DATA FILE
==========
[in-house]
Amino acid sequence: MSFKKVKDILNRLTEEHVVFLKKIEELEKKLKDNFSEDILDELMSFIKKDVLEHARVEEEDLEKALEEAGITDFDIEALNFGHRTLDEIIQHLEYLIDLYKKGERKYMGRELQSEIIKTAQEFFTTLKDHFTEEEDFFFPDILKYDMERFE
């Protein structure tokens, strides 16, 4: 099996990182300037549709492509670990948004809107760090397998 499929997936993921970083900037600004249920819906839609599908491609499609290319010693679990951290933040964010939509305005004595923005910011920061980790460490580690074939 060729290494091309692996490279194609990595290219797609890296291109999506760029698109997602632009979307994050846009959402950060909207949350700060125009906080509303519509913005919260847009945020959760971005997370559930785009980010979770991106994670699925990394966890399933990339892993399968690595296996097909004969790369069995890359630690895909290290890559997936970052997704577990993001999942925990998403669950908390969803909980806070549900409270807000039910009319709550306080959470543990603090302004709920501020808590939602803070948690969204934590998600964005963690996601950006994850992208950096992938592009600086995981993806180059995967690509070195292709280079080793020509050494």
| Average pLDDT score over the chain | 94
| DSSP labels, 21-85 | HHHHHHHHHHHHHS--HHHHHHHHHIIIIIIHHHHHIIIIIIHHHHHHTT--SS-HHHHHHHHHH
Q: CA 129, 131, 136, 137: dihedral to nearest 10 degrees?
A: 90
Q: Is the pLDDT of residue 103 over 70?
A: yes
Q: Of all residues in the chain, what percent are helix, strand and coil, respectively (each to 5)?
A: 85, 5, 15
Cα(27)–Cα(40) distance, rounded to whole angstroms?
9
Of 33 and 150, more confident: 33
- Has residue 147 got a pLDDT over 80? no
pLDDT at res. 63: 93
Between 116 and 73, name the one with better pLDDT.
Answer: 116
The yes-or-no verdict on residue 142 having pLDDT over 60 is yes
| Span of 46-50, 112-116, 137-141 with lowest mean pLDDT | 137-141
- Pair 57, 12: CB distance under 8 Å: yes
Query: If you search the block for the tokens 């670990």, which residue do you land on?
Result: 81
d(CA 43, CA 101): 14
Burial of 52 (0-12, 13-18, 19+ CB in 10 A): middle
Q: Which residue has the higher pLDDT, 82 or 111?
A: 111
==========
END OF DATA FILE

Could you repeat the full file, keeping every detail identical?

[in-house]
Amino acid sequence: MSFKKVKDILNRLTEEHVVFLKKIEELEKKLKDNFSEDILDELMSFIKKDVLEHARVEEEDLEKALEEAGITDFDIEALNFGHRTLDEIIQHLEYLIDLYKKGERKYMGRELQSEIIKTAQEFFTTLKDHFTEEEDFFFPDILKYDMERFE
């Protein structure tokens, strides 16, 4: 099996990182300037549709492509670990948004809107760090397998 499929997936993921970083900037600004249920819906839609599908491609499609290319010693679990951290933040964010939509305005004595923005910011920061980790460490580690074939 060729290494091309692996490279194609990595290219797609890296291109999506760029698109997602632009979307994050846009959402950060909207949350700060125009906080509303519509913005919260847009945020959760971005997370559930785009980010979770991106994670699925990394966890399933990339892993399968690595296996097909004969790369069995890359630690895909290290890559997936970052997704577990993001999942925990998403669950908390969803909980806070549900409270807000039910009319709550306080959470543990603090302004709920501020808590939602803070948690969204934590998600964005963690996601950006994850992208950096992938592009600086995981993806180059995967690509070195292709280079080793020509050494």
| Average pLDDT score over the chain | 94
| DSSP labels, 21-85 | HHHHHHHHHHHHHS--HHHHHHHHHIIIIIIHHHHHIIIIIIHHHHHHTT--SS-HHHHHHHHHH
Q: CA 129, 131, 136, 137: dihedral to nearest 10 degrees?
A: 90
Q: Is the pLDDT of residue 103 over 70?
A: yes
Q: Of all residues in the chain, what percent are helix, strand and coil, respectively (each to 5)?
A: 85, 5, 15
Cα(27)–Cα(40) distance, rounded to whole angstroms?
9
Of 33 and 150, more confident: 33
- Has residue 147 got a pLDDT over 80? no
pLDDT at res. 63: 93
Between 116 and 73, name the one with better pLDDT.
Answer: 116
The yes-or-no verdict on residue 142 having pLDDT over 60 is yes
| Span of 46-50, 112-116, 137-141 with lowest mean pLDDT | 137-141
- Pair 57, 12: CB distance under 8 Å: yes
Query: If you search the block for the tokens 């670990």, which residue do you land on?
Result: 81
d(CA 43, CA 101): 14
Burial of 52 (0-12, 13-18, 19+ CB in 10 A): middle
Q: Which residue has the higher pLDDT, 82 or 111?
A: 111